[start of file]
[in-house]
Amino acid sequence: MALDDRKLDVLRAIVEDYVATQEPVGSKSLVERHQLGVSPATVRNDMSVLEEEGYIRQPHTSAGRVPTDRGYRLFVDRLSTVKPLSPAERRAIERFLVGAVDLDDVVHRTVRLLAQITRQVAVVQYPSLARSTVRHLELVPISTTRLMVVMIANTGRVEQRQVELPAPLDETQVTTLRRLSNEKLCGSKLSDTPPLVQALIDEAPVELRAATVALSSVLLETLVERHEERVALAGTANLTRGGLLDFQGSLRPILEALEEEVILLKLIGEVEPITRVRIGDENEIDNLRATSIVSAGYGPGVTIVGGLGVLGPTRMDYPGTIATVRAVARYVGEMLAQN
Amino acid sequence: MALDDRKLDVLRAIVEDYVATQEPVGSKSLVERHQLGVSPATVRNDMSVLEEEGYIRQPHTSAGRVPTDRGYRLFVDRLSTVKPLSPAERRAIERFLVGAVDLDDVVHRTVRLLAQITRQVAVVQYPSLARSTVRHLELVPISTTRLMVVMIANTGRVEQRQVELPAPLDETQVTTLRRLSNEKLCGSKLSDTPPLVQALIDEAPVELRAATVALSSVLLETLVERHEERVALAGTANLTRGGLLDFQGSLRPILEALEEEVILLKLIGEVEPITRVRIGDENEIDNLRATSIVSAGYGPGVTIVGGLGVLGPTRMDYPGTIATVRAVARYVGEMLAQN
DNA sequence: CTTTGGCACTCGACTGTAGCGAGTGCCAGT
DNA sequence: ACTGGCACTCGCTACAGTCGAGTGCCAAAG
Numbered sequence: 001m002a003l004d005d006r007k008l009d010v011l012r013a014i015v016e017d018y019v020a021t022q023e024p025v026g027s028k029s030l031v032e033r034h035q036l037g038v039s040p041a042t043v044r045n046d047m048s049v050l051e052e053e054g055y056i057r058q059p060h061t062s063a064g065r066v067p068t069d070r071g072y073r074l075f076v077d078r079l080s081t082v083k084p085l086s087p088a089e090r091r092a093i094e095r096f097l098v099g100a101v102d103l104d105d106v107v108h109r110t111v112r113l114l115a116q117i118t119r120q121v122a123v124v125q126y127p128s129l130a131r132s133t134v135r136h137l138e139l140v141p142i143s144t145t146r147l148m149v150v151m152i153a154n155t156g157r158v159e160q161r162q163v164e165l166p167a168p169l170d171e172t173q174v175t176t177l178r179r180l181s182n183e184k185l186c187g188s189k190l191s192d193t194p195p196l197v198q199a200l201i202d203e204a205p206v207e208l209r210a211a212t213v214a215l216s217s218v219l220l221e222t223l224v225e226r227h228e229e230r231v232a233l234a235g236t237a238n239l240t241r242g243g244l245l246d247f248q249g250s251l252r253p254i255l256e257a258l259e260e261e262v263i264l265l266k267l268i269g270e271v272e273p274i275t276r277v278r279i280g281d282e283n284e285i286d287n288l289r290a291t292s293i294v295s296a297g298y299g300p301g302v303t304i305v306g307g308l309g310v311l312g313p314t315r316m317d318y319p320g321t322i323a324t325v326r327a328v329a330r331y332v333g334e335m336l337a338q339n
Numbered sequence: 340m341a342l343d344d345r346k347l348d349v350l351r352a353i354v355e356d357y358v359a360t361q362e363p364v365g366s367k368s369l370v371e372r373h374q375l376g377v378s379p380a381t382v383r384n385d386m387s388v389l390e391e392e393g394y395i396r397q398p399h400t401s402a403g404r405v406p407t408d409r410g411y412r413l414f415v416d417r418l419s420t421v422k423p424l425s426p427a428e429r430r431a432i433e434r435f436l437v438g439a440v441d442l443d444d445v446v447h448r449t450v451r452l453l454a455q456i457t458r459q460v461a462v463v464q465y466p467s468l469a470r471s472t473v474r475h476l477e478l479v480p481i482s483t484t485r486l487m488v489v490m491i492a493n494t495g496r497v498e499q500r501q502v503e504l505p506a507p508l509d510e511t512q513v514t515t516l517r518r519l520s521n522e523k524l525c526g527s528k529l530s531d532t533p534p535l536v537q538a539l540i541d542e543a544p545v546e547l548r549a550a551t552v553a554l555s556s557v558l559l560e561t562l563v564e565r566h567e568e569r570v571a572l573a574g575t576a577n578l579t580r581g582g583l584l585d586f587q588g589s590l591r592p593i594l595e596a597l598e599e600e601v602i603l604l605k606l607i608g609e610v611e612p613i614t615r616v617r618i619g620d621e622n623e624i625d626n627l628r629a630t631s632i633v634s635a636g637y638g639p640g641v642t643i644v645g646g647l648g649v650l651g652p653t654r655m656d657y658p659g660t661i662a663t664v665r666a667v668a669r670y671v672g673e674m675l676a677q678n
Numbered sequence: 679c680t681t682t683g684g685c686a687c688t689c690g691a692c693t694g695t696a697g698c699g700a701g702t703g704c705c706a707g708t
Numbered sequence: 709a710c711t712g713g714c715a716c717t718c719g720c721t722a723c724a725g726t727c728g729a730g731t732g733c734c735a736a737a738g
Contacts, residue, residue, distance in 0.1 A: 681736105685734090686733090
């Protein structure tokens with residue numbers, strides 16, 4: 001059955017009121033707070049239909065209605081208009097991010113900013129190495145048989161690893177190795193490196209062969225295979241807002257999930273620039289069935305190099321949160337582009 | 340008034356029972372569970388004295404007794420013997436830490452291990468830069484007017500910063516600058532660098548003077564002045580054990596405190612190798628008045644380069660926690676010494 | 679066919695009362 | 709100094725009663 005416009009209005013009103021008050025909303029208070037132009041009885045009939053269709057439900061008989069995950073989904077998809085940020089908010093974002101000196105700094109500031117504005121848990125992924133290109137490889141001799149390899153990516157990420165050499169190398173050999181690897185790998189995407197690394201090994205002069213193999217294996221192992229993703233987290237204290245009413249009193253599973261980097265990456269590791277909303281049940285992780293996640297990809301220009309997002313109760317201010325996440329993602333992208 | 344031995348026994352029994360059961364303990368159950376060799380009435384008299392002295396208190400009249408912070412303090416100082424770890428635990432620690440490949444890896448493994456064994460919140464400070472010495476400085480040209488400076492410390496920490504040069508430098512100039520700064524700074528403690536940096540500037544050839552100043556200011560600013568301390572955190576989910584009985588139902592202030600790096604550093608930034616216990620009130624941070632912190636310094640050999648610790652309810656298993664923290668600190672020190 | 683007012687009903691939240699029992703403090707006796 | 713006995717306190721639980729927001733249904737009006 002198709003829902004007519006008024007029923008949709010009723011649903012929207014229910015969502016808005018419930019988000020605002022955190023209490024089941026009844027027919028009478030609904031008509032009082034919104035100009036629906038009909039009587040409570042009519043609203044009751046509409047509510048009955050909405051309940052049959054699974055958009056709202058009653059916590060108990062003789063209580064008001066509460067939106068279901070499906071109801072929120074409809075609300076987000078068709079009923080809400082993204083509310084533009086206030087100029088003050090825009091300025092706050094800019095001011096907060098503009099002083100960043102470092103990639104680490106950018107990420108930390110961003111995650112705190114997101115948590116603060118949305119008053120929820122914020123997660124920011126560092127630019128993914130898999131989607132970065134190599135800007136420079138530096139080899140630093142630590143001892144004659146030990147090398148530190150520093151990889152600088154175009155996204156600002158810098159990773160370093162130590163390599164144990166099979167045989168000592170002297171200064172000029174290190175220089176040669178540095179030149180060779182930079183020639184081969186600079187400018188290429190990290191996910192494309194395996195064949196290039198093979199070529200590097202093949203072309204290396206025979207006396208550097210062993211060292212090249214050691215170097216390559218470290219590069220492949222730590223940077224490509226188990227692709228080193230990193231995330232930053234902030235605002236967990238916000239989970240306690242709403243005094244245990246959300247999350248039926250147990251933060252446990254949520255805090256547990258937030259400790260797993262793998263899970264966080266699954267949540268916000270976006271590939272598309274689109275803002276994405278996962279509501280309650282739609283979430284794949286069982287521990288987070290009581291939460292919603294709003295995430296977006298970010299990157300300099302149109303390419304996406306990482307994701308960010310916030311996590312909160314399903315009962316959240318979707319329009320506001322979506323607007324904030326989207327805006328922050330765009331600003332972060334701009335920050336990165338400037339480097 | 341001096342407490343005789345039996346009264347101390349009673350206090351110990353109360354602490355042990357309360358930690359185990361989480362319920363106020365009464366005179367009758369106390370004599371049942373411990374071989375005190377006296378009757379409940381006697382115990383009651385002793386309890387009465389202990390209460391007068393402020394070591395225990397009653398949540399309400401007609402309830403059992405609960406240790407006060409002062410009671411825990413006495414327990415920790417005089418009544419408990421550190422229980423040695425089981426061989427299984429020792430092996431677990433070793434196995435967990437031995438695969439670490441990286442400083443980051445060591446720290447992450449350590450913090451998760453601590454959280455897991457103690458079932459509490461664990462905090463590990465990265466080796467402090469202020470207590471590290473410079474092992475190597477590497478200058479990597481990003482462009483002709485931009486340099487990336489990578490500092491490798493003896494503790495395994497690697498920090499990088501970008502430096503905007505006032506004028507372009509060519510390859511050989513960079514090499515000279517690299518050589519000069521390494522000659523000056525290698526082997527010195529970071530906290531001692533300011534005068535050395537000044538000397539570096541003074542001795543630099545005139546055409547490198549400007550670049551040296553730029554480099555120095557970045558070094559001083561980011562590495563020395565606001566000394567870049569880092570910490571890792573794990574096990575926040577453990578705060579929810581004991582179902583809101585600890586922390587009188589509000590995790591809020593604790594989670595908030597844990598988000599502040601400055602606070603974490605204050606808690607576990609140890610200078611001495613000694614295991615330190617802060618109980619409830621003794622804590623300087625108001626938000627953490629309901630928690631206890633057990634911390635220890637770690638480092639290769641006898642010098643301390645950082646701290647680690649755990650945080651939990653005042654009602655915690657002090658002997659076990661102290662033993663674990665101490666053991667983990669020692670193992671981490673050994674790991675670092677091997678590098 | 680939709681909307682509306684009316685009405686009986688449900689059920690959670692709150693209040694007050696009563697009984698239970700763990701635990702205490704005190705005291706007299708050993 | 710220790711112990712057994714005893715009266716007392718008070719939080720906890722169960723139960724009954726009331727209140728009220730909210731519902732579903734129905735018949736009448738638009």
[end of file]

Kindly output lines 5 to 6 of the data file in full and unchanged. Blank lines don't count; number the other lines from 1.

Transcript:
DNA sequence: ACTGGCACTCGCTACAGTCGAGTGCCAAAG
Numbered sequence: 001m002a003l004d005d006r007k008l009d010v011l012r013a014i015v016e017d018y019v020a021t022q023e024p025v026g027s028k029s030l031v032e033r034h035q036l037g038v039s040p041a042t043v044r045n046d047m048s049v050l051e052e053e054g055y056i057r058q059p060h061t062s063a064g065r066v067p068t069d070r071g072y073r074l075f076v077d078r079l080s081t082v083k084p085l086s087p088a089e090r091r092a093i094e095r096f097l098v099g100a101v102d103l104d105d106v107v108h109r110t111v112r113l114l115a116q117i118t119r120q121v122a123v124v125q126y127p128s129l130a131r132s133t134v135r136h137l138e139l140v141p142i143s144t145t146r147l148m149v150v151m152i153a154n155t156g157r158v159e160q161r162q163v164e165l166p167a168p169l170d171e172t173q174v175t176t177l178r179r180l181s182n183e184k185l186c187g188s189k190l191s192d193t194p195p196l197v198q199a200l201i202d203e204a205p206v207e208l209r210a211a212t213v214a215l216s217s218v219l220l221e222t223l224v225e226r227h228e229e230r231v232a233l234a235g236t237a238n239l240t241r242g243g244l245l246d247f248q249g250s251l252r253p254i255l256e257a258l259e260e261e262v263i264l265l266k267l268i269g270e271v272e273p274i275t276r277v278r279i280g281d282e283n284e285i286d287n288l289r290a291t292s293i294v295s296a297g298y299g300p301g302v303t304i305v306g307g308l309g310v311l312g313p314t315r316m317d318y319p320g321t322i323a324t325v326r327a328v329a330r331y332v333g334e335m336l337a338q339n